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    Candidates tangle over disaster bill

    By ADAM C. SMITH

    © St. Petersburg Times, published August 26, 2000


    Ratcheting up the hostile rhetoric in the U.S. Senate campaign, Bill McCollum is accusing Insurance Commissioner Bill Nelson of putting politics ahead of Floridians' safety by refusing to embrace a controversial disaster insurance bill in Congress.

    Nelson has expressed concerns that the Homeowners Insurance Availability Act sponsored by McCollum would increase consumers' insurance premiums without increasing the availability of homeowners insurance in disaster-prone areas. But in an Aug. 24 letter sent to Nelson and media outlets across the state, the Republican congressman suggested Nelson's position was based mainly on election-year politics.

    "Bill, don't play politics with the safety and well-being of the citizens of Florida," wrote McCollum, a congressman from Longwood. "Isn't there anything that isn't just plain politics to you?"

    McCollum's letter brought a furious response from the Nelson campaign: "I will not allow his mean-spirited, harsh, deceitful campaign to turn this issue into a political football," Nelson campaign spokesman Dan McLaughlin shouted. "No one can question Bill Nelson's commitment to creating a national catastrophic insurance program. And until Connie Mack opened the doors for Bill McCollum to fulfill his political ambitions, where was Bill McCollum on this issue?"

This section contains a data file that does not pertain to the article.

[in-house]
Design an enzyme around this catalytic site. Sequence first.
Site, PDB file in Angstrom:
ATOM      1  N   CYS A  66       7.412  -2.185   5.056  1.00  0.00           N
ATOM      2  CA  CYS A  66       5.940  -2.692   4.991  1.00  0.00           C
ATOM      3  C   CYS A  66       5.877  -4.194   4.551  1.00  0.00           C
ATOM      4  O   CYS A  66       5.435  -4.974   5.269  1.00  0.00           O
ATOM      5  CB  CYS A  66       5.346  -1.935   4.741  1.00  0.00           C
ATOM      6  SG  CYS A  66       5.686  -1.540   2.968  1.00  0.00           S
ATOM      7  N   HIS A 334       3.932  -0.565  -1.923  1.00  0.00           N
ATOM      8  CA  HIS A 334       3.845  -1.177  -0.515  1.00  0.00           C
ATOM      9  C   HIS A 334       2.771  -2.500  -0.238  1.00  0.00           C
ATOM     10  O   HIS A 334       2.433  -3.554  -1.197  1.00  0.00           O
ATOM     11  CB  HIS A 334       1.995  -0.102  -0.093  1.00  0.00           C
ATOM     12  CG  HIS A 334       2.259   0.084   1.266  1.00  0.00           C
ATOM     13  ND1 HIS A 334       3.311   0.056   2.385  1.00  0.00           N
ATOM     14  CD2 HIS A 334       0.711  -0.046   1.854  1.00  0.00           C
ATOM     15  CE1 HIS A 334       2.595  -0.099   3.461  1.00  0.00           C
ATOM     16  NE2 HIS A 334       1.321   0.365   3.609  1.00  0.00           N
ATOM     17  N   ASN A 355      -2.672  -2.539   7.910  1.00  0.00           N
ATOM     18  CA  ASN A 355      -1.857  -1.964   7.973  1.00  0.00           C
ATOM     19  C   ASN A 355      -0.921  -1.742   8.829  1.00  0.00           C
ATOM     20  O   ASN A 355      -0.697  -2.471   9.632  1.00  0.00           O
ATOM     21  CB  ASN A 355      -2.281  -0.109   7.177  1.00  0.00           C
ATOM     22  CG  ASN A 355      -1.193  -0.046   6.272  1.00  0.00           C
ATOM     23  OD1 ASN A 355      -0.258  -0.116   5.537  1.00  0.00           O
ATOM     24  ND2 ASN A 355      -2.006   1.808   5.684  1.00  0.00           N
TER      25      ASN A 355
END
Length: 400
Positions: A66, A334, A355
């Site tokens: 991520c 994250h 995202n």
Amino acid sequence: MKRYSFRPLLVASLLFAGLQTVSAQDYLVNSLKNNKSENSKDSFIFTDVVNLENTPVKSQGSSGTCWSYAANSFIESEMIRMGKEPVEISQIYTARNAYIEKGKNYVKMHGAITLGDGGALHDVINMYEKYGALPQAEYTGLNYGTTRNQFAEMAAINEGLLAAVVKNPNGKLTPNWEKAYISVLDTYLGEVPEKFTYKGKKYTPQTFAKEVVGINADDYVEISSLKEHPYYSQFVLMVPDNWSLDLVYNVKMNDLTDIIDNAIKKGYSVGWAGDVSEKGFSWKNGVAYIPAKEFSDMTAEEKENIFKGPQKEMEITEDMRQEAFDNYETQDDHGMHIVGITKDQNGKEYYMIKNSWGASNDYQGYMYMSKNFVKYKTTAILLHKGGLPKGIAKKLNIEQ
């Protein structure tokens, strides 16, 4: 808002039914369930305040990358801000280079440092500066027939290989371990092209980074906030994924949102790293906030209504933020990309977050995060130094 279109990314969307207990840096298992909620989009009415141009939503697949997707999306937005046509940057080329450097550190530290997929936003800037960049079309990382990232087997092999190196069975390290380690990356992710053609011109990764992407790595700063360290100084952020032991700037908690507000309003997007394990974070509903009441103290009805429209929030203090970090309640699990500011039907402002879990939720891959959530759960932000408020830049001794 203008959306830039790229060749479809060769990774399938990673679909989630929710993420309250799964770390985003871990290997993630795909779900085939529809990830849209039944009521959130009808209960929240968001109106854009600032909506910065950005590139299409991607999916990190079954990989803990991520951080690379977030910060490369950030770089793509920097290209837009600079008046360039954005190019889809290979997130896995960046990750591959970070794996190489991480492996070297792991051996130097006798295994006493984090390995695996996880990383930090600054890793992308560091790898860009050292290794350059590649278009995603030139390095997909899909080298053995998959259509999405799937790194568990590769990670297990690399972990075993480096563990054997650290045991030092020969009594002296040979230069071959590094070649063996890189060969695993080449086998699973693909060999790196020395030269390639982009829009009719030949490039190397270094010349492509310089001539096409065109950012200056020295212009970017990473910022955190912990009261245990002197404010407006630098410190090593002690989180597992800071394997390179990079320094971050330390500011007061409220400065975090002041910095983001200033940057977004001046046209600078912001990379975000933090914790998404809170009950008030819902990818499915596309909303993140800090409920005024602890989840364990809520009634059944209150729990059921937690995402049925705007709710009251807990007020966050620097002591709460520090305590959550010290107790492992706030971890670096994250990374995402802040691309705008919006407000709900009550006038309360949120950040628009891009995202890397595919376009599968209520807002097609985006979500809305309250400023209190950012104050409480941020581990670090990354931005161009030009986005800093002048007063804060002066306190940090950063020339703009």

For most of the past six years as insurance commissioner, Nelson has advocated creating a federal disaster program to induce more companies to offer insurance to homeowners in high-risk areas, such as Florida's coast.

    The bill sponsored by McCollum and fellow Republican Senate candidate Rick Lazio of New York, would enable insurers to buy reinsurance through the Treasury.

    The federal government would cover half of all homeowner damage from a natural disaster above certain thresholds, with federal payments capped at $25-billion a year nationwide.

    The McCollum campaign pointed to Nelson's prior support of that concept and suggested he was backing away from the McCollum bill because he didn't want his chief rival for U.S. Senate to benefit. Officials in the state insurance department said Nelson remains strongly supportive of the concept, butthe Lazio-McCollum bill is written so that the costs of the catastrophic funds could be shifted onto policyholders.

    The bill has support by Democrats and Republicans in the Florida congressional delegation, but has drawn strong opposition from consumer, taxpayer and environmental groups. Critics call it a bailout package for big insurance companies. TheHouse was supposed to vote on the bill in June, butHouse leaders pulled it before a vote was scheduled.

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